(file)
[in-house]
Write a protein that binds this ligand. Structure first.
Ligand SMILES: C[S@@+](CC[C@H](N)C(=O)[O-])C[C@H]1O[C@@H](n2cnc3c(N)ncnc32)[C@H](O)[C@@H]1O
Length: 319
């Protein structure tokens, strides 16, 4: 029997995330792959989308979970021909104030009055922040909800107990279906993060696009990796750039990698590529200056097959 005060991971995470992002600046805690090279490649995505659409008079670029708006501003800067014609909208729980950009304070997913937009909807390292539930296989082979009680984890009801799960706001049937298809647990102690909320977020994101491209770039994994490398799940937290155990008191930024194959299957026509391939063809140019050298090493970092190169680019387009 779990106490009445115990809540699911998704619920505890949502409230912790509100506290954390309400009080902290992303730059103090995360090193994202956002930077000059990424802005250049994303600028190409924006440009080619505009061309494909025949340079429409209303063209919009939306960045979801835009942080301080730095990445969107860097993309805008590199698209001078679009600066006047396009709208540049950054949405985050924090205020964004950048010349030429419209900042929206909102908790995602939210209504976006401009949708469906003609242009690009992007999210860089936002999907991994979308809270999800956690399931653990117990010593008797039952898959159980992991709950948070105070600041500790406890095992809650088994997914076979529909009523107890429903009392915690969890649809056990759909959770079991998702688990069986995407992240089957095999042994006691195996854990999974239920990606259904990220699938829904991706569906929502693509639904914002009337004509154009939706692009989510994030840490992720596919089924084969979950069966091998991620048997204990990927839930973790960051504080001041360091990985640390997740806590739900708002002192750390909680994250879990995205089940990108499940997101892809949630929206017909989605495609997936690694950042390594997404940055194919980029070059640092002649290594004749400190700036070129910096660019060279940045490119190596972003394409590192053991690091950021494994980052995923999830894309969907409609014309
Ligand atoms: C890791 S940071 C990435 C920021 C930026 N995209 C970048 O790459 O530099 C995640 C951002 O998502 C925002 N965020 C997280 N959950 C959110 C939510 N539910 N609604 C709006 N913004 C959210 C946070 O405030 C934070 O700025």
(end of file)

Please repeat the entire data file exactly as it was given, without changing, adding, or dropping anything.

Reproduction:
[in-house]
Write a protein that binds this ligand. Structure first.
Ligand SMILES: C[S@@+](CC[C@H](N)C(=O)[O-])C[C@H]1O[C@@H](n2cnc3c(N)ncnc32)[C@H](O)[C@@H]1O
Length: 319
């Protein structure tokens, strides 16, 4: 029997995330792959989308979970021909104030009055922040909800107990279906993060696009990796750039990698590529200056097959 005060991971995470992002600046805690090279490649995505659409008079670029708006501003800067014609909208729980950009304070997913937009909807390292539930296989082979009680984890009801799960706001049937298809647990102690909320977020994101491209770039994994490398799940937290155990008191930024194959299957026509391939063809140019050298090493970092190169680019387009 779990106490009445115990809540699911998704619920505890949502409230912790509100506290954390309400009080902290992303730059103090995360090193994202956002930077000059990424802005250049994303600028190409924006440009080619505009061309494909025949340079429409209303063209919009939306960045979801835009942080301080730095990445969107860097993309805008590199698209001078679009600066006047396009709208540049950054949405985050924090205020964004950048010349030429419209900042929206909102908790995602939210209504976006401009949708469906003609242009690009992007999210860089936002999907991994979308809270999800956690399931653990117990010593008797039952898959159980992991709950948070105070600041500790406890095992809650088994997914076979529909009523107890429903009392915690969890649809056990759909959770079991998702688990069986995407992240089957095999042994006691195996854990999974239920990606259904990220699938829904991706569906929502693509639904914002009337004509154009939706692009989510994030840490992720596919089924084969979950069966091998991620048997204990990927839930973790960051504080001041360091990985640390997740806590739900708002002192750390909680994250879990995205089940990108499940997101892809949630929206017909989605495609997936690694950042390594997404940055194919980029070059640092002649290594004749400190700036070129910096660019060279940045490119190596972003394409590192053991690091950021494994980052995923999830894309969907409609014309
Ligand atoms: C890791 S940071 C990435 C920021 C930026 N995209 C970048 O790459 O530099 C995640 C951002 O998502 C925002 N965020 C997280 N959950 C959110 C939510 N539910 N609604 C709006 N913004 C959210 C946070 O405030 C934070 O700025």